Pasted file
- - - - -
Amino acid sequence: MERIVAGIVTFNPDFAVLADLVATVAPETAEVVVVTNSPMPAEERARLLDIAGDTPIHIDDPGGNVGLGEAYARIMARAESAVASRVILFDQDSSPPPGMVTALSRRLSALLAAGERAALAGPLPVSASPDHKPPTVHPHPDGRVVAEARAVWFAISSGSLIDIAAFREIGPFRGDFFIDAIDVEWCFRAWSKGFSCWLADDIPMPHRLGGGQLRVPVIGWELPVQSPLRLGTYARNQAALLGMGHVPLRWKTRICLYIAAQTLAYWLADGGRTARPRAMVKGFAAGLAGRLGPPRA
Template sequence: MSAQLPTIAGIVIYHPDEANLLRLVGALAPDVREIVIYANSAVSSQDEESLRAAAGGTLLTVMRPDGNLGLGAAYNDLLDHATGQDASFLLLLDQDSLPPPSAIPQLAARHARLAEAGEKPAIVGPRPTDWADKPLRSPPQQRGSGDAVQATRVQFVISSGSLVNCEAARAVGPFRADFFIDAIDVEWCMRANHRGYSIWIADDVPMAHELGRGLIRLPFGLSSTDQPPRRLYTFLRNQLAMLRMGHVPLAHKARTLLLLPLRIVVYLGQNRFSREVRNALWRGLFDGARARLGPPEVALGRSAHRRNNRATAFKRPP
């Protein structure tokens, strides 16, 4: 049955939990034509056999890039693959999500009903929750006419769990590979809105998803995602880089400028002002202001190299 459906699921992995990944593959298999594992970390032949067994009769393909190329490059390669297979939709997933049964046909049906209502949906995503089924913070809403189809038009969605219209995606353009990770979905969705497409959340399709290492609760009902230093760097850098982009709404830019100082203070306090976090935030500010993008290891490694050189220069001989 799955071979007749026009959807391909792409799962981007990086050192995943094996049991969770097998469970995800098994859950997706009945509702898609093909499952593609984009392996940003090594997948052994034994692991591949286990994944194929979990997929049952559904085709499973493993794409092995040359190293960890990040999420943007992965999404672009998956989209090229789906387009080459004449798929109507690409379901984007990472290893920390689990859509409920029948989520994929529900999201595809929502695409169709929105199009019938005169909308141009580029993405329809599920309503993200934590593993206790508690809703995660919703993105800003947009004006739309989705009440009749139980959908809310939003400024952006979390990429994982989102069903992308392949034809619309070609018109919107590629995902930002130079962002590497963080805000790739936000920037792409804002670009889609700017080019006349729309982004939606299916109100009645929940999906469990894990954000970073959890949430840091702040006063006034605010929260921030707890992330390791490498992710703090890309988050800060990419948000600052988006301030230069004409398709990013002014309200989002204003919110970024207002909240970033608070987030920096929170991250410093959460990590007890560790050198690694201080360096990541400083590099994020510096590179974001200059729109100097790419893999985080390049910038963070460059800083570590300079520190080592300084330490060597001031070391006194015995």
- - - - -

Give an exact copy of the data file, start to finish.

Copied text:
Amino acid sequence: MERIVAGIVTFNPDFAVLADLVATVAPETAEVVVVTNSPMPAEERARLLDIAGDTPIHIDDPGGNVGLGEAYARIMARAESAVASRVILFDQDSSPPPGMVTALSRRLSALLAAGERAALAGPLPVSASPDHKPPTVHPHPDGRVVAEARAVWFAISSGSLIDIAAFREIGPFRGDFFIDAIDVEWCFRAWSKGFSCWLADDIPMPHRLGGGQLRVPVIGWELPVQSPLRLGTYARNQAALLGMGHVPLRWKTRICLYIAAQTLAYWLADGGRTARPRAMVKGFAAGLAGRLGPPRA
Template sequence: MSAQLPTIAGIVIYHPDEANLLRLVGALAPDVREIVIYANSAVSSQDEESLRAAAGGTLLTVMRPDGNLGLGAAYNDLLDHATGQDASFLLLLDQDSLPPPSAIPQLAARHARLAEAGEKPAIVGPRPTDWADKPLRSPPQQRGSGDAVQATRVQFVISSGSLVNCEAARAVGPFRADFFIDAIDVEWCMRANHRGYSIWIADDVPMAHELGRGLIRLPFGLSSTDQPPRRLYTFLRNQLAMLRMGHVPLAHKARTLLLLPLRIVVYLGQNRFSREVRNALWRGLFDGARARLGPPEVALGRSAHRRNNRATAFKRPP
């Protein structure tokens, strides 16, 4: 049955939990034509056999890039693959999500009903929750006419769990590979809105998803995602880089400028002002202001190299 459906699921992995990944593959298999594992970390032949067994009769393909190329490059390669297979939709997933049964046909049906209502949906995503089924913070809403189809038009969605219209995606353009990770979905969705497409959340399709290492609760009902230093760097850098982009709404830019100082203070306090976090935030500010993008290891490694050189220069001989 799955071979007749026009959807391909792409799962981007990086050192995943094996049991969770097998469970995800098994859950997706009945509702898609093909499952593609984009392996940003090594997948052994034994692991591949286990994944194929979990997929049952559904085709499973493993794409092995040359190293960890990040999420943007992965999404672009998956989209090229789906387009080459004449798929109507690409379901984007990472290893920390689990859509409920029948989520994929529900999201595809929502695409169709929105199009019938005169909308141009580029993405329809599920309503993200934590593993206790508690809703995660919703993105800003947009004006739309989705009440009749139980959908809310939003400024952006979390990429994982989102069903992308392949034809619309070609018109919107590629995902930002130079962002590497963080805000790739936000920037792409804002670009889609700017080019006349729309982004939606299916109100009645929940999906469990894990954000970073959890949430840091702040006063006034605010929260921030707890992330390791490498992710703090890309988050800060990419948000600052988006301030230069004409398709990013002014309200989002204003919110970024207002909240970033608070987030920096929170991250410093959460990590007890560790050198690694201080360096990541400083590099994020510096590179974001200059729109100097790419893999985080390049910038963070460059800083570590300079520190080592300084330490060597001031070391006194015995």